Once upon a time, on a busy beach, there pottered a tiny girl, all alone. Unheeded amongst the rocks, with a bright red bucket, she flitted from pool to pool, lingering and marvelling at what she saw.
She carefully collected curiosities to gaze at. Shells and shrimp, jeweled seaweed and stones. She didn’t yet know how to protect and keep them safe, only that she loved them – creating her own magical world in her little red bucket.
Proudly, she tottered back to her grown ups with her little red bucket full of wondrous things.
‘Look!’ she declared, breathy with awe and holding out the bucket with both arms.
Her grown ups looked, but they couldn’t see. They peered into the bucket, and only seeing their reflection gazing back, they turned away, disinterested. They had seen their face every day in the bathroom mirror, but they could not see past their noses to the wonders beneath. Disappointed and dejected, the little girl sagged.
Yet wonder and love are never lonely for long. Nearby, a kindly gentleman watched and called to the little girl.
‘What do you have there?’ he inquired with twinkling eyes.
Warily, she held out her red bucket and unthinkingly upended it, tipping the contents onto the sand. Perhaps she feared this grown up would also not see beneath the surface, and she would feel lonely again.
The water disappeared through the gaps in the grains of sand, and the marvellous things lay exposed and vulnerable – some of them flapping – on the wet sand at their feet.
As quick as a flash, the elderly man bent down, gathered up the things in the little red bucket and ran to the sea to collect the water they needed to breathe. The little girl watched as he showed her how to tend and care and protect the things she loved so much.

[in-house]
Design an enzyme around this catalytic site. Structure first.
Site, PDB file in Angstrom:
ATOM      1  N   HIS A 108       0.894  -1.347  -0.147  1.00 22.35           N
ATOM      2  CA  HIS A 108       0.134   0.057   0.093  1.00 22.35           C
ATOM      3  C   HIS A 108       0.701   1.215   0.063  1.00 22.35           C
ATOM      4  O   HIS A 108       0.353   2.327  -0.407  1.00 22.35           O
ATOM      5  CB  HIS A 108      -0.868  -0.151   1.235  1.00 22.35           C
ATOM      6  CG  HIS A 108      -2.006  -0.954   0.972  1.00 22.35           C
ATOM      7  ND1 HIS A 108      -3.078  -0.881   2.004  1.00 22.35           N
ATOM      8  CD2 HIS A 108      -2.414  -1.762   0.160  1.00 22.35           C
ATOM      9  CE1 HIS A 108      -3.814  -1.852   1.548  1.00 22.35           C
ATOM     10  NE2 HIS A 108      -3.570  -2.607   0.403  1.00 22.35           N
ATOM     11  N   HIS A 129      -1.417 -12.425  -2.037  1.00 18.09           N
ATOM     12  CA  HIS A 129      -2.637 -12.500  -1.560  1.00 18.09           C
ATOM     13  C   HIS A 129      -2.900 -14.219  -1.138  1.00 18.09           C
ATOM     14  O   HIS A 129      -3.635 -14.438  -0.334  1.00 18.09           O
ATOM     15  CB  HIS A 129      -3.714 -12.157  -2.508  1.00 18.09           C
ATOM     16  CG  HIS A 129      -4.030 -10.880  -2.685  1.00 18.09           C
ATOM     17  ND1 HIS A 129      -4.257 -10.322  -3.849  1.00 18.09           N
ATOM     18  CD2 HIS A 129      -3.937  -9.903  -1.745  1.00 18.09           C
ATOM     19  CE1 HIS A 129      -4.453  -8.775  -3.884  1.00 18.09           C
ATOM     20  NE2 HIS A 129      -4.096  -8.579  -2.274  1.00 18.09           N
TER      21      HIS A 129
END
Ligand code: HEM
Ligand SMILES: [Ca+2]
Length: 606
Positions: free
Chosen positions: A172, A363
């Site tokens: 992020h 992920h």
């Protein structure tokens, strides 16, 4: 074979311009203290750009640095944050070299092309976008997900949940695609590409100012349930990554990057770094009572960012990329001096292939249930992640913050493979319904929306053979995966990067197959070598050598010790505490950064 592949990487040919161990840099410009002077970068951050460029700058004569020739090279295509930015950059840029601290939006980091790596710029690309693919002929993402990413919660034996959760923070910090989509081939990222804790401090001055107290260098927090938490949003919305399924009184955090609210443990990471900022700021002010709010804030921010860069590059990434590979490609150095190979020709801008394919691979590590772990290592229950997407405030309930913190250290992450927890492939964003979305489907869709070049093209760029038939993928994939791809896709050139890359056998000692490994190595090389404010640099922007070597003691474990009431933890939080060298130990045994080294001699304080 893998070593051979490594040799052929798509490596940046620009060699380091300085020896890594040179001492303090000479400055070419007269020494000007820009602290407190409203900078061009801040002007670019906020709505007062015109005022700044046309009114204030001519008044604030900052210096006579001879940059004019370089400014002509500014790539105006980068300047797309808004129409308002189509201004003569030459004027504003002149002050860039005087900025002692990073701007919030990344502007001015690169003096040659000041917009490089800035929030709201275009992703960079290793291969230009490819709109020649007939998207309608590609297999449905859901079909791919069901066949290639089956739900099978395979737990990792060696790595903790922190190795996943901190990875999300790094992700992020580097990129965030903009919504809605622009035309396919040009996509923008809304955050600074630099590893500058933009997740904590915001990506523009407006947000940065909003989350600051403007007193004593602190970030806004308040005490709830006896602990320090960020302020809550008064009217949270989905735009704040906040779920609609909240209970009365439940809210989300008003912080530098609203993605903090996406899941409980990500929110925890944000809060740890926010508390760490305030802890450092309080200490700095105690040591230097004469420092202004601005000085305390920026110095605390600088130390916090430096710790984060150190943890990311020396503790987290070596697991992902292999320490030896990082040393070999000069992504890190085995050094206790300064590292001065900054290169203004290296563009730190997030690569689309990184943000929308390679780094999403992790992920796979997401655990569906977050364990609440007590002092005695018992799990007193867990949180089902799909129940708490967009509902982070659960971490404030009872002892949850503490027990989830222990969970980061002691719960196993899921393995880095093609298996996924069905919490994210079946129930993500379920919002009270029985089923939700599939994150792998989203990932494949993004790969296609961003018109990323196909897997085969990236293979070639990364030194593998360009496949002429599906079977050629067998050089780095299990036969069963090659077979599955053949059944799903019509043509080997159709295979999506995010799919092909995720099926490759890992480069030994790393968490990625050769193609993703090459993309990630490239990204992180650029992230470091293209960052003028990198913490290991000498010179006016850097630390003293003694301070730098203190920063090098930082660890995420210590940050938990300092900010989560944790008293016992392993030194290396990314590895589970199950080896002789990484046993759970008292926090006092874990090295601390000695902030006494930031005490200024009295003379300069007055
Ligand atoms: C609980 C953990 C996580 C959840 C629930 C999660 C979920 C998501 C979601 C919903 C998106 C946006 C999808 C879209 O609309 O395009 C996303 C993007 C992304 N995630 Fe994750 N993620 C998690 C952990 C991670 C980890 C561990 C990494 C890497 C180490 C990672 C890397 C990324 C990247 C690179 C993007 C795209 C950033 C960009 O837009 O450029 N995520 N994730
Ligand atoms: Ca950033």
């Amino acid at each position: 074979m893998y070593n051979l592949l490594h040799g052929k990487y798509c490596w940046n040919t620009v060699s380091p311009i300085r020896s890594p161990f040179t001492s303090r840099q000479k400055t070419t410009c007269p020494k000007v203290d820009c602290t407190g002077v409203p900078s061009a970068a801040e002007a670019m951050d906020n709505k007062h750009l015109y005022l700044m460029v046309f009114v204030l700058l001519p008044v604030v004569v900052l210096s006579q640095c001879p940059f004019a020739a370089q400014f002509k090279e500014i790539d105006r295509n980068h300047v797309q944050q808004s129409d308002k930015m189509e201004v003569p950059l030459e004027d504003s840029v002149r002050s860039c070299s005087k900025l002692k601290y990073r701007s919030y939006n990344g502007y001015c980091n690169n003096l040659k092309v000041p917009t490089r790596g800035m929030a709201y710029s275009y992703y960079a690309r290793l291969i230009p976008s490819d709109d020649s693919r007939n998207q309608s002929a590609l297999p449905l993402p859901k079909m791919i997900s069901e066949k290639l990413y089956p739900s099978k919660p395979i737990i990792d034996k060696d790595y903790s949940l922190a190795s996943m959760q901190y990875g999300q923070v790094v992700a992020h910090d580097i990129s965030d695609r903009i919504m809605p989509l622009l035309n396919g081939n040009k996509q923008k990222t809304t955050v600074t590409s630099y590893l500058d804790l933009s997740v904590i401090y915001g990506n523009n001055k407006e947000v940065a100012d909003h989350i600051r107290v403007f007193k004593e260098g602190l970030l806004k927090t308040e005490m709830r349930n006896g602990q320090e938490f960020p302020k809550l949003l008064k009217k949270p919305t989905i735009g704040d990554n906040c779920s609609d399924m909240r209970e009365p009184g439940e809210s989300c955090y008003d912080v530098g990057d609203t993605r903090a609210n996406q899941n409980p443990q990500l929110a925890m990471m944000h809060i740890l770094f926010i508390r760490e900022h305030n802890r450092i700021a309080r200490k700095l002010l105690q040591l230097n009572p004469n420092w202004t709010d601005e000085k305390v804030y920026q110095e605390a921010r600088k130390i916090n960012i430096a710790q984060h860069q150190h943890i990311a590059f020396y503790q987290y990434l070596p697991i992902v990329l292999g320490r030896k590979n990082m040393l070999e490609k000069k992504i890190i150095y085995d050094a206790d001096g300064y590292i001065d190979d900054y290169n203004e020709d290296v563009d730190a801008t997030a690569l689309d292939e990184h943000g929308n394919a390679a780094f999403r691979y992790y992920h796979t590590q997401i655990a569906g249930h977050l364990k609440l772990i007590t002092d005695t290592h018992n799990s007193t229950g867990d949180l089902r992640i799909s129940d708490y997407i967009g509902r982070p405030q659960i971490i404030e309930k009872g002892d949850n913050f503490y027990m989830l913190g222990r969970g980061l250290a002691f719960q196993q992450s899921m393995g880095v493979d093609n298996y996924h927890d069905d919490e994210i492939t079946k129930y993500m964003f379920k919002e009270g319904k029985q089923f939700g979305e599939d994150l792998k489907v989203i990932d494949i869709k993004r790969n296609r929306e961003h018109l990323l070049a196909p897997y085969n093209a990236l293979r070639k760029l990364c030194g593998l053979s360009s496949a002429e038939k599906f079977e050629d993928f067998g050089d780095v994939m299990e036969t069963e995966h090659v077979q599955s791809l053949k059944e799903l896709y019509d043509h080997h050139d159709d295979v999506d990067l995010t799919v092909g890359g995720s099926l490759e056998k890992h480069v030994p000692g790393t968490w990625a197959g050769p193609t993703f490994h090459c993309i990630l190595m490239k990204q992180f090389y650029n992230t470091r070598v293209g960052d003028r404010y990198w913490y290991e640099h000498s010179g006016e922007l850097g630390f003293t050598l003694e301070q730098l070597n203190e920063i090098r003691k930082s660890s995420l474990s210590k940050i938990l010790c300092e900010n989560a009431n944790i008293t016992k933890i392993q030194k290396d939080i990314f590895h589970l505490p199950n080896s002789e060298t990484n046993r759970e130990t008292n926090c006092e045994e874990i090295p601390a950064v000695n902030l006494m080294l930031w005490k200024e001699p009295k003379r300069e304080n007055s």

‘So that’s how you do it,’ she thought. The little girl smiled and let out a long breath. She felt reassured that someone else saw what she did.
Years later, that girl, no longer a child, still visits the beach and peers into pools; she knows how to look beyond the surface, past her own face staring back and into the depths below.
These days, she’s discovered other collections in pools beyond the beaches, in different places altogether, in the eyes and words and minds of people. She notices things most people don’t even know are there.
Then, she holds the wondrous things she finds and cares for them a little while, in her little red bucket, before carefully laying them back where they belong. And life is richer for it.
She can see, and she understands, and she loves what is there.
Long may we wander and wonder.